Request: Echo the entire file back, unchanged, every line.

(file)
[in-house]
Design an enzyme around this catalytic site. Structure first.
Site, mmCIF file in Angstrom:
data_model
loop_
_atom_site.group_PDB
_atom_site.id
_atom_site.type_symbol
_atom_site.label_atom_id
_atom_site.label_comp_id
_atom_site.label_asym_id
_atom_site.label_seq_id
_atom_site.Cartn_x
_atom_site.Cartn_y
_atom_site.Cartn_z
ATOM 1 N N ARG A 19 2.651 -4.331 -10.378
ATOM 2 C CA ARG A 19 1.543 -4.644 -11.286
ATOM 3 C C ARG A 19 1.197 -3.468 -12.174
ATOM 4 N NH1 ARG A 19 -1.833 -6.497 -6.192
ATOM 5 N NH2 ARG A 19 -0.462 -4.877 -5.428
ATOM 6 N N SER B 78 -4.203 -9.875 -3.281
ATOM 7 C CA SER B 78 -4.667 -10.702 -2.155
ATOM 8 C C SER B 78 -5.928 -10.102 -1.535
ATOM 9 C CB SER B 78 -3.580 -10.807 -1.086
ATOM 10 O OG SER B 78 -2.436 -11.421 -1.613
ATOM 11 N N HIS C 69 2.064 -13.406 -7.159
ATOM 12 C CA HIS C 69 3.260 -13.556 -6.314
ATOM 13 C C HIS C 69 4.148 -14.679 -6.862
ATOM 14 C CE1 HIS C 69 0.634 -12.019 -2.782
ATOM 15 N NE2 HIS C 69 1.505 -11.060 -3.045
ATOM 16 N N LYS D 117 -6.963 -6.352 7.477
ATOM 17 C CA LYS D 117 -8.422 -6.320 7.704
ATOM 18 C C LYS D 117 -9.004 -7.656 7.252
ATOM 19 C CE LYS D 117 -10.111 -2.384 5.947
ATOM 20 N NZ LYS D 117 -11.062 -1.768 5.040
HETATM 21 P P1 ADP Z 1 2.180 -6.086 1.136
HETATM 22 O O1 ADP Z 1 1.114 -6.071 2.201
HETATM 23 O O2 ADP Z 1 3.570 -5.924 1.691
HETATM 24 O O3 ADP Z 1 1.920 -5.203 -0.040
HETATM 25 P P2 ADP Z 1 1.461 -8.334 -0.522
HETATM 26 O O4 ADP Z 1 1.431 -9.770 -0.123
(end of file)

[in-house]
Design an enzyme around this catalytic site. Structure first.
Site, mmCIF file in Angstrom:
data_model
loop_
_atom_site.group_PDB
_atom_site.id
_atom_site.type_symbol
_atom_site.label_atom_id
_atom_site.label_comp_id
_atom_site.label_asym_id
_atom_site.label_seq_id
_atom_site.Cartn_x
_atom_site.Cartn_y
_atom_site.Cartn_z
ATOM 1 N N ARG A 19 2.651 -4.331 -10.378
ATOM 2 C CA ARG A 19 1.543 -4.644 -11.286
ATOM 3 C C ARG A 19 1.197 -3.468 -12.174
ATOM 4 N NH1 ARG A 19 -1.833 -6.497 -6.192
ATOM 5 N NH2 ARG A 19 -0.462 -4.877 -5.428
ATOM 6 N N SER B 78 -4.203 -9.875 -3.281
ATOM 7 C CA SER B 78 -4.667 -10.702 -2.155
ATOM 8 C C SER B 78 -5.928 -10.102 -1.535
ATOM 9 C CB SER B 78 -3.580 -10.807 -1.086
ATOM 10 O OG SER B 78 -2.436 -11.421 -1.613
ATOM 11 N N HIS C 69 2.064 -13.406 -7.159
ATOM 12 C CA HIS C 69 3.260 -13.556 -6.314
ATOM 13 C C HIS C 69 4.148 -14.679 -6.862
ATOM 14 C CE1 HIS C 69 0.634 -12.019 -2.782
ATOM 15 N NE2 HIS C 69 1.505 -11.060 -3.045
ATOM 16 N N LYS D 117 -6.963 -6.352 7.477
ATOM 17 C CA LYS D 117 -8.422 -6.320 7.704
ATOM 18 C C LYS D 117 -9.004 -7.656 7.252
ATOM 19 C CE LYS D 117 -10.111 -2.384 5.947
ATOM 20 N NZ LYS D 117 -11.062 -1.768 5.040
HETATM 21 P P1 ADP Z 1 2.180 -6.086 1.136
HETATM 22 O O1 ADP Z 1 1.114 -6.071 2.201
HETATM 23 O O2 ADP Z 1 3.570 -5.924 1.691
HETATM 24 O O3 ADP Z 1 1.920 -5.203 -0.040
HETATM 25 P P2 ADP Z 1 1.461 -8.334 -0.522
HETATM 26 O O4 ADP Z 1 1.431 -9.770 -0.123